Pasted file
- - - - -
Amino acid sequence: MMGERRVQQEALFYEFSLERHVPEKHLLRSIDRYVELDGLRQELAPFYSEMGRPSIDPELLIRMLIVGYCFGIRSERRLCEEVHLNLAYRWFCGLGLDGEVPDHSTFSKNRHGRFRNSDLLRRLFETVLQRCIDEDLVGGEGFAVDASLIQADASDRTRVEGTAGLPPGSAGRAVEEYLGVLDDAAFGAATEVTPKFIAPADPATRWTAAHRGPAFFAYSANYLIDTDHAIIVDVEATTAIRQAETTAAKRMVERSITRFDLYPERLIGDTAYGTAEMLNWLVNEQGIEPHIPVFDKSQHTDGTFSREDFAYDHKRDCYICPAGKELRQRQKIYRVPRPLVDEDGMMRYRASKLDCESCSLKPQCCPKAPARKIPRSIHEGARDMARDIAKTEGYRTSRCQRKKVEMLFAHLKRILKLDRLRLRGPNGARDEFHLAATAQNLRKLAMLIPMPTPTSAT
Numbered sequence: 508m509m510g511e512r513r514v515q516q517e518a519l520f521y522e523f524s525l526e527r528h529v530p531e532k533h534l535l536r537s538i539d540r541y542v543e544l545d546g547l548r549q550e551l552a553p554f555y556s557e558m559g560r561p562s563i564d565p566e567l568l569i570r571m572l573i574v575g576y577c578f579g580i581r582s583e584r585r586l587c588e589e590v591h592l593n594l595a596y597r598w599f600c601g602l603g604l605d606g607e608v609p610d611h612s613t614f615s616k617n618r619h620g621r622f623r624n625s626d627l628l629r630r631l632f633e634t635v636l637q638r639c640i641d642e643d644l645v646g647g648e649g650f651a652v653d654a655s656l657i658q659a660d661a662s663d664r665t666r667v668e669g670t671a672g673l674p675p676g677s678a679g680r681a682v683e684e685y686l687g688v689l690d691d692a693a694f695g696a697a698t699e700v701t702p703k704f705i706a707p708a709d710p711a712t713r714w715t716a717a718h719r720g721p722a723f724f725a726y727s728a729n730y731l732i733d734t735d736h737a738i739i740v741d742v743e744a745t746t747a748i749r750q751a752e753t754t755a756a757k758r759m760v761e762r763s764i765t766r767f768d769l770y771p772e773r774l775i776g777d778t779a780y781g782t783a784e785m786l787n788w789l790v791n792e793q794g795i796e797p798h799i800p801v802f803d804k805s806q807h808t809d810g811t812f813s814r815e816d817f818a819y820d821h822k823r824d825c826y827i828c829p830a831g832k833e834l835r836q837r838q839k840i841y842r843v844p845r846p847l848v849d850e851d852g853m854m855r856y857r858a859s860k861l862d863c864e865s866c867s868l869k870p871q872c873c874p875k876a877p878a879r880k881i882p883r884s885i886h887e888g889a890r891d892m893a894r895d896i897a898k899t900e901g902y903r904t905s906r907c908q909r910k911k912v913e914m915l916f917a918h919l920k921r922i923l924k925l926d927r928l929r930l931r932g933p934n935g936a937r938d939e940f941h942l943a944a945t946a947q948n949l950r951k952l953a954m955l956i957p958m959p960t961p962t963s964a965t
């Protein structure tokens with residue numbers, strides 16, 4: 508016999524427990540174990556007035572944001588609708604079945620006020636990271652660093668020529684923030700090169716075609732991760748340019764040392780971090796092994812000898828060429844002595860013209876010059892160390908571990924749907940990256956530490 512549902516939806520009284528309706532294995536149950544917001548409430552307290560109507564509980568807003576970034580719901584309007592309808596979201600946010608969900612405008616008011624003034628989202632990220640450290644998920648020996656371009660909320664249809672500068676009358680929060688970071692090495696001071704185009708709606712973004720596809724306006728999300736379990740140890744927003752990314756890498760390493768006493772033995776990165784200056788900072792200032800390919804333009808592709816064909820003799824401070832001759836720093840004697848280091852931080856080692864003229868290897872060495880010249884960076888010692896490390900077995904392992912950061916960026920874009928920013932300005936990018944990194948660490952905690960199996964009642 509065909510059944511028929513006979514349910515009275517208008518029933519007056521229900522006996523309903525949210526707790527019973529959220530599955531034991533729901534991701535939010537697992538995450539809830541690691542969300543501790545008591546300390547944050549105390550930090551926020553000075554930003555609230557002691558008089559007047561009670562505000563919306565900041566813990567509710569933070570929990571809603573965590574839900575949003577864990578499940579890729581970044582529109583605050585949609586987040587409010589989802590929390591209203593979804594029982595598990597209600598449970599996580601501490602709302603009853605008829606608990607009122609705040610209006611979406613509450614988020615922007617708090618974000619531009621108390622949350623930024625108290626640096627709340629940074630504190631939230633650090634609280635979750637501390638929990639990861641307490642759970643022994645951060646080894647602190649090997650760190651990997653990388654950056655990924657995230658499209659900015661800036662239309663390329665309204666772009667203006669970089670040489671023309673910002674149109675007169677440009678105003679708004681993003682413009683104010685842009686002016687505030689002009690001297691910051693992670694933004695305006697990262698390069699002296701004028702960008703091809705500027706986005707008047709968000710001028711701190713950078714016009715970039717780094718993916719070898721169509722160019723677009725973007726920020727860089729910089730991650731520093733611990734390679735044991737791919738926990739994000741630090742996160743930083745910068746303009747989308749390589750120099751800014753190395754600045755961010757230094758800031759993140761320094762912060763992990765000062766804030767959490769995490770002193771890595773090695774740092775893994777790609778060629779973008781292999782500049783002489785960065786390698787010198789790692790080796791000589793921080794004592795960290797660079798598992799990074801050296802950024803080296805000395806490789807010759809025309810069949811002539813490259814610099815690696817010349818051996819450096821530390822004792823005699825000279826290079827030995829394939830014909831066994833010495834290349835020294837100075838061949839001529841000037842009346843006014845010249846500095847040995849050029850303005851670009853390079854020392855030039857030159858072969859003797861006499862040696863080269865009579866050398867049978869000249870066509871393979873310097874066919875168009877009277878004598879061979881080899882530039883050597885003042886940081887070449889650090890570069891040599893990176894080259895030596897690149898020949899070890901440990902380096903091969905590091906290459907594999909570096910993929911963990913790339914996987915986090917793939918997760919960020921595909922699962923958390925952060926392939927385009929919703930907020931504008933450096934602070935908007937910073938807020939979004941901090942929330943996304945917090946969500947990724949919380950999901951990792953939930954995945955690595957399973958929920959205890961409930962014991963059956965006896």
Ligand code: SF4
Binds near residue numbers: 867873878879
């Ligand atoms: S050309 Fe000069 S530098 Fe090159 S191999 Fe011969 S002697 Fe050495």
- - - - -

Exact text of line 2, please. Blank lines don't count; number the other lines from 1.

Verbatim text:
Numbered sequence: 508m509m510g511e512r513r514v515q516q517e518a519l520f521y522e523f524s525l526e527r528h529v530p531e532k533h534l535l536r537s538i539d540r541y542v543e544l545d546g547l548r549q550e551l552a553p554f555y556s557e558m559g560r561p562s563i564d565p566e567l568l569i570r571m572l573i574v575g576y577c578f579g580i581r582s583e584r585r586l587c588e589e590v591h592l593n594l595a596y597r598w599f600c601g602l603g604l605d606g607e608v609p610d611h612s613t614f615s616k617n618r619h620g621r622f623r624n625s626d627l628l629r630r631l632f633e634t635v636l637q638r639c640i641d642e643d644l645v646g647g648e649g650f651a652v653d654a655s656l657i658q659a660d661a662s663d664r665t666r667v668e669g670t671a672g673l674p675p676g677s678a679g680r681a682v683e684e685y686l687g688v689l690d691d692a693a694f695g696a697a698t699e700v701t702p703k704f705i706a707p708a709d710p711a712t713r714w715t716a717a718h719r720g721p722a723f724f725a726y727s728a729n730y731l732i733d734t735d736h737a738i739i740v741d742v743e744a745t746t747a748i749r750q751a752e753t754t755a756a757k758r759m760v761e762r763s764i765t766r767f768d769l770y771p772e773r774l775i776g777d778t779a780y781g782t783a784e785m786l787n788w789l790v791n792e793q794g795i796e797p798h799i800p801v802f803d804k805s806q807h808t809d810g811t812f813s814r815e816d817f818a819y820d821h822k823r824d825c826y827i828c829p830a831g832k833e834l835r836q837r838q839k840i841y842r843v844p845r846p847l848v849d850e851d852g853m854m855r856y857r858a859s860k861l862d863c864e865s866c867s868l869k870p871q872c873c874p875k876a877p878a879r880k881i882p883r884s885i886h887e888g889a890r891d892m893a894r895d896i897a898k899t900e901g902y903r904t905s906r907c908q909r910k911k912v913e914m915l916f917a918h919l920k921r922i923l924k925l926d927r928l929r930l931r932g933p934n935g936a937r938d939e940f941h942l943a944a945t946a947q948n949l950r951k952l953a954m955l956i957p958m959p960t961p962t963s964a965t